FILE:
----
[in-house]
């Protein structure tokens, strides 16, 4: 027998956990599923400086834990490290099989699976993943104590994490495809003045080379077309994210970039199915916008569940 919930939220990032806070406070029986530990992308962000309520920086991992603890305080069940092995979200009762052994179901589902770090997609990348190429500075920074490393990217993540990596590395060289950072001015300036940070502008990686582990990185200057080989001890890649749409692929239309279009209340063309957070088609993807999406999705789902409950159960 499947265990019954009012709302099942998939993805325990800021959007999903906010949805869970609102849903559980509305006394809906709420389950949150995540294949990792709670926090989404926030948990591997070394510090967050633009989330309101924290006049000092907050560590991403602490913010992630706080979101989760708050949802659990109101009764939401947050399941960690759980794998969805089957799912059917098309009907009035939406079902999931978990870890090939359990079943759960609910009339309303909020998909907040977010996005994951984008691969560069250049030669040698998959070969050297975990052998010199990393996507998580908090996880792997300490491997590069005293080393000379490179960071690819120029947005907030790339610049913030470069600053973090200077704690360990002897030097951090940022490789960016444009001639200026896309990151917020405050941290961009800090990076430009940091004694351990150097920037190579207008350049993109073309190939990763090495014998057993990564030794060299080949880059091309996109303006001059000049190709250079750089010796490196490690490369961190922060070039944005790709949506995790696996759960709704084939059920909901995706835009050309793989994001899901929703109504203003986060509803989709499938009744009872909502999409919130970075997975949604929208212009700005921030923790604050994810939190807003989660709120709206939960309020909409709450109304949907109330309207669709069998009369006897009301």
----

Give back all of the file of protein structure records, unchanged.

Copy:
[in-house]
């Protein structure tokens, strides 16, 4: 027998956990599923400086834990490290099989699976993943104590994490495809003045080379077309994210970039199915916008569940 919930939220990032806070406070029986530990992308962000309520920086991992603890305080069940092995979200009762052994179901589902770090997609990348190429500075920074490393990217993540990596590395060289950072001015300036940070502008990686582990990185200057080989001890890649749409692929239309279009209340063309957070088609993807999406999705789902409950159960 499947265990019954009012709302099942998939993805325990800021959007999903906010949805869970609102849903559980509305006394809906709420389950949150995540294949990792709670926090989404926030948990591997070394510090967050633009989330309101924290006049000092907050560590991403602490913010992630706080979101989760708050949802659990109101009764939401947050399941960690759980794998969805089957799912059917098309009907009035939406079902999931978990870890090939359990079943759960609910009339309303909020998909907040977010996005994951984008691969560069250049030669040698998959070969050297975990052998010199990393996507998580908090996880792997300490491997590069005293080393000379490179960071690819120029947005907030790339610049913030470069600053973090200077704690360990002897030097951090940022490789960016444009001639200026896309990151917020405050941290961009800090990076430009940091004694351990150097920037190579207008350049993109073309190939990763090495014998057993990564030794060299080949880059091309996109303006001059000049190709250079750089010796490196490690490369961190922060070039944005790709949506995790696996759960709704084939059920909901995706835009050309793989994001899901929703109504203003986060509803989709499938009744009872909502999409919130970075997975949604929208212009700005921030923790604050994810939190807003989660709120709206939960309020909409709450109304949907109330309207669709069998009369006897009301």